Even when you don’t know much about a particular monster, starting with what you do know can give you direction. For example, when I was asked to write a zombie story that eventually led to the Neeta Lyffe, Zombie Exterminator series, I didn’t know much about them aside from some vague memories of Night of the Living Dead and the notion that modern authors were using zombies either as sympathetic characters and sickening corpses. I knew I preferred the shambling undead version, but I didn’t want to do scary horror.

I Left My Brains in San Francisco cover You probably also know what’s hot and what’s been done. Waters probably realized that with Twilight being such a hit, doing his story with vampires would not be as popular (not to mention drive him batty with comparisons). However zombies were gaining new life in the fantasy scene. I knew that the apocalypse had been done in movies and books, so I wanted a different approach.

As a result, I made my zombies animated rotting meat with some curious residual attitudes and mental processes, and I made them rare enough that they were not a pestilence, but a pest. And who do you call to get rid of pests? Thus, Neeta Lyffe, Zombie Exterminator.

When you want to create a monster for your story, it can help to spend some time mulling over what you know about the legendary monsters and how they are being treated in movies and literature today. This will give you some starting points and direction for your research and imagining.’

If you are interested in learning more about monster creation, Karina Fabian is teaching a webinar on the subject, Oct 19, 7pm MT. You can register at here.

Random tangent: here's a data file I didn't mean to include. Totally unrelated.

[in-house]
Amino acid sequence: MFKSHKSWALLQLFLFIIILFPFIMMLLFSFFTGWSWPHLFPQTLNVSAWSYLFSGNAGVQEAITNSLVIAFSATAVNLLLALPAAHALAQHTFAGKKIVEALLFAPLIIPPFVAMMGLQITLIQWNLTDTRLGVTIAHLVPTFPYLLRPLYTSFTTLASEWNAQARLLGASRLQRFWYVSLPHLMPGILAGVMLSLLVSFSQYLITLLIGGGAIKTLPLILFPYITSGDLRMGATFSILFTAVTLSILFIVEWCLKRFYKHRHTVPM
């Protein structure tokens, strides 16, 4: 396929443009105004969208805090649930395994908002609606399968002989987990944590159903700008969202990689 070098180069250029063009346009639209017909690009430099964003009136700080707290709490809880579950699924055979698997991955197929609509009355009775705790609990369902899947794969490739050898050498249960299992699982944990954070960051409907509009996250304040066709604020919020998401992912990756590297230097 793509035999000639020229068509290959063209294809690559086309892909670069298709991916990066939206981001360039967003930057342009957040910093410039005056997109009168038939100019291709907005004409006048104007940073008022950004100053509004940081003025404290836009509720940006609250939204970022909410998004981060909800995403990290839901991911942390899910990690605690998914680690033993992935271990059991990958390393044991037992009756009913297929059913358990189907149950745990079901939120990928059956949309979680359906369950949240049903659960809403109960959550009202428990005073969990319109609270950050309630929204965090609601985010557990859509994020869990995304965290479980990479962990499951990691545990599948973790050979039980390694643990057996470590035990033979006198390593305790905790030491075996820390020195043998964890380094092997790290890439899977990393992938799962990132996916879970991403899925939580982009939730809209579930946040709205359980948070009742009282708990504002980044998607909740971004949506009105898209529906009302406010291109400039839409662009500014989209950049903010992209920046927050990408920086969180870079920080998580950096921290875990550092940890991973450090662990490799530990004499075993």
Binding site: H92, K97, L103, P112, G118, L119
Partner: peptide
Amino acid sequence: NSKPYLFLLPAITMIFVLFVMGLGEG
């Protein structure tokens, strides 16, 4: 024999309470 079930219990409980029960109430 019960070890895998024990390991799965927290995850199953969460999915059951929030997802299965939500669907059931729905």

Plus, Karina is offering four fun extras: a Trailer, Zombie Quiz #1, Zombie Quiz #2, and a Crappy Crude Song.

NeetaLyffe_ILeftMyBrainsinSanFrancisco_audio_MED Curious about I Left My Brains in San Francisc, the second Neeta Lyffe, Zombie Exterminator book, available in audio by author Karina Fabian, and narrated by Becky Parker, form publisher, Damnation Books?

Here’s the cover blurb:

Zombie problem? Call Neeta Lyffe, Zombie Exterminator–but not this weekend.

On vacation at an exterminator’s convention, she’s looking to relax, have fun, and enjoy a little romance. Too bad the zombies have a different idea. When they rise from their watery graves to take over the City by the Bay, it looks like it’ll be a working vacation after all.

Enjoy the thrill of re-kill with Neeta Lyffe, Zombie Exterminator.”

And here’s an excerpt:

‘Survival Hardware hadn’t seen such a rush of customers since the last Armageddon prediction coincided with Black Friday.

Manager Clint Sanders rubbed his hands with glee. Oh, Marley, if only you hadn’t gotten drunk and decided to go zombie hunting. Was it only last Christmas?

He hurried to Customer Service, crafting an announcement in his mind. “You want to live! We want to live! That’s why you are going to file calmly to the back if you need a suit.”

Yeah. Sense of urgency, plus that “We’re in this together” crap.

He got to the counter and nodded at Bitsy, who had rung up a chainsaw and a half-crate of bleach.

God bless survivors. Clint continued to the back. Out of habit, he checked the exit door, even though it was always locked from the outside. He needed to delete Marley’s old code from it.